86 400 CEO slams claim that acquisition is bad for competition

It is a new dawn for Robert Bell (pictured) and the team at 86 400. Soon to be combined with National Australia Bank’s digital arm, UBank - pending the approval of the ACCC, APRA and the Treasury, the smart bank CEO is celebrating a success story that shows the value of what 86 400 has achieved in less than two years of banking.

“This is an endorsement of what we’ve done and what we’ve built in a really short period of time,” he told MPA. “We have been very successful at building a technology platform that enables us to deploy features and benefits really quickly. With only 120 staff, we’ve been a fully operational bank - transaction accounts, savings accounts, home loans.

“That’s the sort of pace and technology that’s difficult to do in a big bank environment.”

Read more: Growing fintech sector points to further change

It was these achievements that attracted NAB to increase its 18.3% equity stake to full ownership – that and the neobank’s involvement in the broker channel, said Bell.

He explained that late last year, 86 400 was in the process of a Series B capital raise when they were approached by NAB as an equity investor. As part of the major’s due diligence when becoming a shareholder, the equity stake progressed to an offer to buy the remaining shares.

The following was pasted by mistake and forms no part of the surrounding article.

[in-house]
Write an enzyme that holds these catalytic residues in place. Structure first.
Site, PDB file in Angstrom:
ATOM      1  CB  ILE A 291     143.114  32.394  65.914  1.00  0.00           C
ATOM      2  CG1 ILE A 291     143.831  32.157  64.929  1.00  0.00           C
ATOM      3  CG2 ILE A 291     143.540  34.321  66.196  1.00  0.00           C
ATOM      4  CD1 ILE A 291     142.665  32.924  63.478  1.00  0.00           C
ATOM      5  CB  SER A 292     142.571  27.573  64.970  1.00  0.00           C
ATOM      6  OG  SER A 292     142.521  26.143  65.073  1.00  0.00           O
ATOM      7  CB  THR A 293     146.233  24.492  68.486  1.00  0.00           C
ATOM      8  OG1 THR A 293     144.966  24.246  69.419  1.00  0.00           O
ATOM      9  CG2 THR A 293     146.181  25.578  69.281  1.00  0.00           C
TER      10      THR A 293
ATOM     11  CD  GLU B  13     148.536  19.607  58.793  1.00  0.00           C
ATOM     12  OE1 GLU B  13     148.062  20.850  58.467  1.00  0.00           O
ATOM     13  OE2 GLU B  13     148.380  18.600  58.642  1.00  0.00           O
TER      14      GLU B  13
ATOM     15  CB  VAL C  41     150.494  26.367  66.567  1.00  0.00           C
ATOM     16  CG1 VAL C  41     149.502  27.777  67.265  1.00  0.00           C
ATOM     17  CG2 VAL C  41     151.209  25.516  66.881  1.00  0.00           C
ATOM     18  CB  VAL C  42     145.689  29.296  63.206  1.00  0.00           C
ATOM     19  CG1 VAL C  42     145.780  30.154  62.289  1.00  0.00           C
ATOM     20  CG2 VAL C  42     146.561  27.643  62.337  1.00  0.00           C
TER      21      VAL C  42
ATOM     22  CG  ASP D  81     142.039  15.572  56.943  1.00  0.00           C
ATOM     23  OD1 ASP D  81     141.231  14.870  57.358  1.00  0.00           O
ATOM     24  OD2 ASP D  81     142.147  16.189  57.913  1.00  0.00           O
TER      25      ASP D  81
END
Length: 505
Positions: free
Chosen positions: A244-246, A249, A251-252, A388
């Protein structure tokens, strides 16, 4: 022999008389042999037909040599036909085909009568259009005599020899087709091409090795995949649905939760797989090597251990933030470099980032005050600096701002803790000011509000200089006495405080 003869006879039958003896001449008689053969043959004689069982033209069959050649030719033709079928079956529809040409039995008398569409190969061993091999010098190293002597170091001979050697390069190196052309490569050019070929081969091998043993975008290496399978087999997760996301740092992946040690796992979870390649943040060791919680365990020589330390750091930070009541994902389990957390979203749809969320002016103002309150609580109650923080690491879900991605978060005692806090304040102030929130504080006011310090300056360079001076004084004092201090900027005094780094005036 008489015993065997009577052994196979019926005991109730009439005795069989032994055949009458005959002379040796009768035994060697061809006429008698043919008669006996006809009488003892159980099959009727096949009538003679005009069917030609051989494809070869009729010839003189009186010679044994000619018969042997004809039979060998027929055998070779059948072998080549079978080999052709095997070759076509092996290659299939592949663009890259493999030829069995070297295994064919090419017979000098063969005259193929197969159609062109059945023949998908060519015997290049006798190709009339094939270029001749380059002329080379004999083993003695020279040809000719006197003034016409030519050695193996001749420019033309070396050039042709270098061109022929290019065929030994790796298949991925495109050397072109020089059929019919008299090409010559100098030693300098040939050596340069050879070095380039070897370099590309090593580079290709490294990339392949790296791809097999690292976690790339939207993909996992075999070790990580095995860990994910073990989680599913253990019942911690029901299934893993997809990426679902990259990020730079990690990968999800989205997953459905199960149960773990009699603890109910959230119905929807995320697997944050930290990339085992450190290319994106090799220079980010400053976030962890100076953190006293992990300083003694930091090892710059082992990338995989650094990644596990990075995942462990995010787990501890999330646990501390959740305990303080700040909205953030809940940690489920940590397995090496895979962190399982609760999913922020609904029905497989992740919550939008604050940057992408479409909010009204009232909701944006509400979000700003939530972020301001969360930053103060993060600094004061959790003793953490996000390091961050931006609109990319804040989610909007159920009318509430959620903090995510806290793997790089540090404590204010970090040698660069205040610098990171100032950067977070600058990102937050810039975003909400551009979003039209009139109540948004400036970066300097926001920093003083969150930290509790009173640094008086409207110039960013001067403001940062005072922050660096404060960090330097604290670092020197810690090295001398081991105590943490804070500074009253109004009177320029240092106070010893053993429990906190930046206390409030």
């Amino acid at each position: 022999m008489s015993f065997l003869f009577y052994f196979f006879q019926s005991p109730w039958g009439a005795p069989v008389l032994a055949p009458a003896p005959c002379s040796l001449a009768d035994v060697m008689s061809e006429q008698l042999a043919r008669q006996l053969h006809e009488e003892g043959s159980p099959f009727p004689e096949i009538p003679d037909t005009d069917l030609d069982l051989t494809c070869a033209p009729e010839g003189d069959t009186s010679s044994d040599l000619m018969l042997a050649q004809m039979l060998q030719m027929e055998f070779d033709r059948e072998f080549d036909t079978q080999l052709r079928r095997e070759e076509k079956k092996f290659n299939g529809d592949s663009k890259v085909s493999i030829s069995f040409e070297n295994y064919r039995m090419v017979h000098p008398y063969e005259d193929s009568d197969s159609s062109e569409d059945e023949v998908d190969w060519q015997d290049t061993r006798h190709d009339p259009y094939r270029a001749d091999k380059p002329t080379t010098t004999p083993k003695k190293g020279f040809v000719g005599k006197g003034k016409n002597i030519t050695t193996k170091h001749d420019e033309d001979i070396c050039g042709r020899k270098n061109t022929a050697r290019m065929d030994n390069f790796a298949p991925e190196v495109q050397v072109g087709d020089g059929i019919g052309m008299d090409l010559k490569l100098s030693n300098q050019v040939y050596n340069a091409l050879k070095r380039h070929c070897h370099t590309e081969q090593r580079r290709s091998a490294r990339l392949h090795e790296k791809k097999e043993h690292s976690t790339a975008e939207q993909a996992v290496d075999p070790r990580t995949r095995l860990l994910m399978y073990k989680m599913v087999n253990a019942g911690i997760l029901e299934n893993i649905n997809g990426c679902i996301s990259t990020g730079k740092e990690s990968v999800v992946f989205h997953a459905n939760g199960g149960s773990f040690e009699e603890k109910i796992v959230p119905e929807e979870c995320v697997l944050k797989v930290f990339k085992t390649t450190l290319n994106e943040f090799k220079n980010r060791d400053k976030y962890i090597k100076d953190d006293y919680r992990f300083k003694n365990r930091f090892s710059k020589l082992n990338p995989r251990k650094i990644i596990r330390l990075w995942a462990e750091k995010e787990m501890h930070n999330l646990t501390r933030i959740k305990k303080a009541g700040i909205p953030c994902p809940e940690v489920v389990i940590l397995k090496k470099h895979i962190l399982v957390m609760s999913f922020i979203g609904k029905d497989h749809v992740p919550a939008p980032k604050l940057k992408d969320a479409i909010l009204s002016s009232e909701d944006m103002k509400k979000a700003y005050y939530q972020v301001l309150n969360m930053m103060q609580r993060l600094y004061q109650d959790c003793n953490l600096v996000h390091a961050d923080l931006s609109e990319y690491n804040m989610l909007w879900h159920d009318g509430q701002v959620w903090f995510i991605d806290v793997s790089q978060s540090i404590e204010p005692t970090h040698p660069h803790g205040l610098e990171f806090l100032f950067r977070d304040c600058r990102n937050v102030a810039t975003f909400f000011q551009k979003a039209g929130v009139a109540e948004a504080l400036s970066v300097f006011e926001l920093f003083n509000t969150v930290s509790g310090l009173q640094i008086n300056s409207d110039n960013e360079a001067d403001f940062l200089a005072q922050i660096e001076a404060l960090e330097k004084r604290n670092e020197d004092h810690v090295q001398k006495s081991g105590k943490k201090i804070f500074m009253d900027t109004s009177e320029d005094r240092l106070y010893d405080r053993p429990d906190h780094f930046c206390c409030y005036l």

“The transaction has the full support of our board, is subject to shareholder approval and we’ll go through that process,” he said, adding the bank considered the deal from a range of different perspectives.

“First of all, obviously for shareholders and the early investors in the business, it’s a very compelling offer. It’s a significant uplift on our series B capital price - it’s an excellent return to our shareholders which is important.”

Another clincher was what the deal could deliver for the smart bank’s customers.

“While we’ve been very successful in doing our technology and building our business, the reality is we are still quite small and banking is a capital intensive business. From a customer perspective this gives us all the capital we need to continue to develop the technology, the platform and ultimately reach many, many more Australians than we would have in a short amount of time.”

Bell challenged the idea that the acquisition could be bad for competition in the banking industry, by pointing to the smart bank’s core proposition of helping Australians take control of their money.

Read more: Pushback for NAB's planned neobank deal

“I think it’s good for competition,” he said. “We don’t have fees, we enable people to see all their accounts in one place, we’re able to open an account in under two minutes – all those things are significant and different in the marketplace, and we’ll be taking those to hundreds of thousands more customers.

“The reason why I think that’s positive for competition is, the big banks and the regional banks will have to respond, they can’t just sit back and do things the way they always have - and by someone like us to becoming a serious player, it forces everyone to respond, it forces people to take up digital more seriously and to move faster.”

He added that the combined UBank and 86 400 would be operated separately to “the mothership” of NAB and would indeed be in direct competition with the major because of this.